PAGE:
Hormone replacement therapy (HRT) places older women at risk of heart disease and stroke but younger women are relatively "safe", research suggests.
In 2002, the Women's Health Initiative trial was stopped after it found that women taking HRT had more heart attacks and strokes than others.
Now scientists conducting the later 1999 WISDOM trial say that HRT only places women many years past the menopause at risk.
The WISDOM team studied 5,692 healthy women with an average age of 63 years, who were approximately 15 years past the menopause.
Women were split into two groups and half given a daily combined hormone therapy dose and the other a placebo pill.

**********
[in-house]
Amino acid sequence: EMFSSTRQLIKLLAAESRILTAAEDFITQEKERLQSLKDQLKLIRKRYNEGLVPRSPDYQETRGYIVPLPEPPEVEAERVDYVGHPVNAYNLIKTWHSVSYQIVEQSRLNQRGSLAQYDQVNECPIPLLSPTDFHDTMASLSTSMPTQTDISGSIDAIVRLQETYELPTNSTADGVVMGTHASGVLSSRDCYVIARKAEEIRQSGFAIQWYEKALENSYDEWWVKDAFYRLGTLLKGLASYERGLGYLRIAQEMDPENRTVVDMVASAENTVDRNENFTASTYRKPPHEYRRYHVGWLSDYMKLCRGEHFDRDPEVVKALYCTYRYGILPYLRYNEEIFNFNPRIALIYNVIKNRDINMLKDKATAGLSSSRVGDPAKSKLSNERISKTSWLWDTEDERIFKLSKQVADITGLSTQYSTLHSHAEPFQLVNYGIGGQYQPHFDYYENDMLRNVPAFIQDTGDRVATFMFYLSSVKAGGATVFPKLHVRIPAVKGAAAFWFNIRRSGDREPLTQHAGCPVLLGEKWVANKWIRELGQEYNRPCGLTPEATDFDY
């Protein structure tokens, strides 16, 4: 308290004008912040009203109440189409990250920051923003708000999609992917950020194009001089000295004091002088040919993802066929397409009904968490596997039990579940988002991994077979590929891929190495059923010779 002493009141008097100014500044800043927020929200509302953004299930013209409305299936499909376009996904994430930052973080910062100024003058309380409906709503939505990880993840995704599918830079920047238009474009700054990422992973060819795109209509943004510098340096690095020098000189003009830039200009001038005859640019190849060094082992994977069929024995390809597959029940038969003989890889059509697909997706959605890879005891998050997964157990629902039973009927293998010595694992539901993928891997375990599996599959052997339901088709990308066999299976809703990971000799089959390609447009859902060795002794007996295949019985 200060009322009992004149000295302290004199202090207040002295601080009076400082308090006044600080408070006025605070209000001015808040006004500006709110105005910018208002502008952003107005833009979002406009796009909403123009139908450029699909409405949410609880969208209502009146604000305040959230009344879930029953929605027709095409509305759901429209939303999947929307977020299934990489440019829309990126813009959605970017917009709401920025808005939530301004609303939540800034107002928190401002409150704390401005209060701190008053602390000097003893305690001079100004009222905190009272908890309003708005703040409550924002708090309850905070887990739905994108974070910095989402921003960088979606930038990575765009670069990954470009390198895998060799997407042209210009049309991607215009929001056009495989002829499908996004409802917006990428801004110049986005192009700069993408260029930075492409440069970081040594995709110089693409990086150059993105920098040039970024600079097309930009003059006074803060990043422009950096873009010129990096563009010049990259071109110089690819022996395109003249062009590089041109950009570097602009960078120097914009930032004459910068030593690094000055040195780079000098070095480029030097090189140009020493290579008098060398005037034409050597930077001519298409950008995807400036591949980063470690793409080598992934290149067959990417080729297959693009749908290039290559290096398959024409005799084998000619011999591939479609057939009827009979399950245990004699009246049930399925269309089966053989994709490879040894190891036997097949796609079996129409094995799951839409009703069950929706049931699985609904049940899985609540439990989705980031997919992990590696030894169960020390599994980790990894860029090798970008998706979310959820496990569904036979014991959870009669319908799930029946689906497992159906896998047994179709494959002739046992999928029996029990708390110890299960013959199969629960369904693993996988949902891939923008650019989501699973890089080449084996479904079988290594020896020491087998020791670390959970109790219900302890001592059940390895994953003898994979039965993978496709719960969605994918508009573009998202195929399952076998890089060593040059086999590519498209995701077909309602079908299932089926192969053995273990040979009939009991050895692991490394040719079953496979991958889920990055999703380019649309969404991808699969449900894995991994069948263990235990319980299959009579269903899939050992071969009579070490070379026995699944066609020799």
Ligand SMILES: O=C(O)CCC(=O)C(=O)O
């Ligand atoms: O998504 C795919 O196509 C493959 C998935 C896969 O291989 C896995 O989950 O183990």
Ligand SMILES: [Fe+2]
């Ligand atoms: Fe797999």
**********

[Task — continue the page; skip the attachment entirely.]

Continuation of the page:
Scientists say the study confirms an early increase in thromboemblic and cardiovascular risk in older women starting HRT many years after the menopause.
But this does not apply to younger menopausal women who may start HRT to relieve symptoms such as hot flushes and night sweats. Instead these women may gain a cardiovascular benefit.
Writing in an editorial in the British Medical Journal, Helen Roberts at the University of Aukland says this research does not really change anything.
It is already recommended that women do not use HRT over the long term in order to prevent the onset of chronic diseases.
British Medical Journal
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